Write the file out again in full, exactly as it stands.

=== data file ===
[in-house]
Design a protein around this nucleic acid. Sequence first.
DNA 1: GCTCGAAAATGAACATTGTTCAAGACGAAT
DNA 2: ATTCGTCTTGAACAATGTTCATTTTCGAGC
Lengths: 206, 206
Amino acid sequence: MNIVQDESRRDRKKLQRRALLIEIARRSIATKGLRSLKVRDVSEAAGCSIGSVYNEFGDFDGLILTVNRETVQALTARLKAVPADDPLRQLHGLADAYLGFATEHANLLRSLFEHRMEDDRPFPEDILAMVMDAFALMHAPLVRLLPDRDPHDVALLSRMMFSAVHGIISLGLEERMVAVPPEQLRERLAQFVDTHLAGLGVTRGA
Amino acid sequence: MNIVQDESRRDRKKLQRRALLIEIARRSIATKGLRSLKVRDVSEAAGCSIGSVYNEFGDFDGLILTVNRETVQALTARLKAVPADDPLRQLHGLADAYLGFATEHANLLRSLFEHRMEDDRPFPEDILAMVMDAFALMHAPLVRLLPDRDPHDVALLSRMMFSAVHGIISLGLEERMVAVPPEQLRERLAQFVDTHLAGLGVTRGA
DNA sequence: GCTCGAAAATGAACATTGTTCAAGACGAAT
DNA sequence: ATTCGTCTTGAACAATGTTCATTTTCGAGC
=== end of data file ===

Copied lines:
[in-house]
Design a protein around this nucleic acid. Sequence first.
DNA 1: GCTCGAAAATGAACATTGTTCAAGACGAAT
DNA 2: ATTCGTCTTGAACAATGTTCATTTTCGAGC
Lengths: 206, 206
Amino acid sequence: MNIVQDESRRDRKKLQRRALLIEIARRSIATKGLRSLKVRDVSEAAGCSIGSVYNEFGDFDGLILTVNRETVQALTARLKAVPADDPLRQLHGLADAYLGFATEHANLLRSLFEHRMEDDRPFPEDILAMVMDAFALMHAPLVRLLPDRDPHDVALLSRMMFSAVHGIISLGLEERMVAVPPEQLRERLAQFVDTHLAGLGVTRGA
Amino acid sequence: MNIVQDESRRDRKKLQRRALLIEIARRSIATKGLRSLKVRDVSEAAGCSIGSVYNEFGDFDGLILTVNRETVQALTARLKAVPADDPLRQLHGLADAYLGFATEHANLLRSLFEHRMEDDRPFPEDILAMVMDAFALMHAPLVRLLPDRDPHDVALLSRMMFSAVHGIISLGLEERMVAVPPEQLRERLAQFVDTHLAGLGVTRGA
DNA sequence: GCTCGAAAATGAACATTGTTCAAGACGAAT
DNA sequence: ATTCGTCTTGAACAATGTTCATTTTCGAGC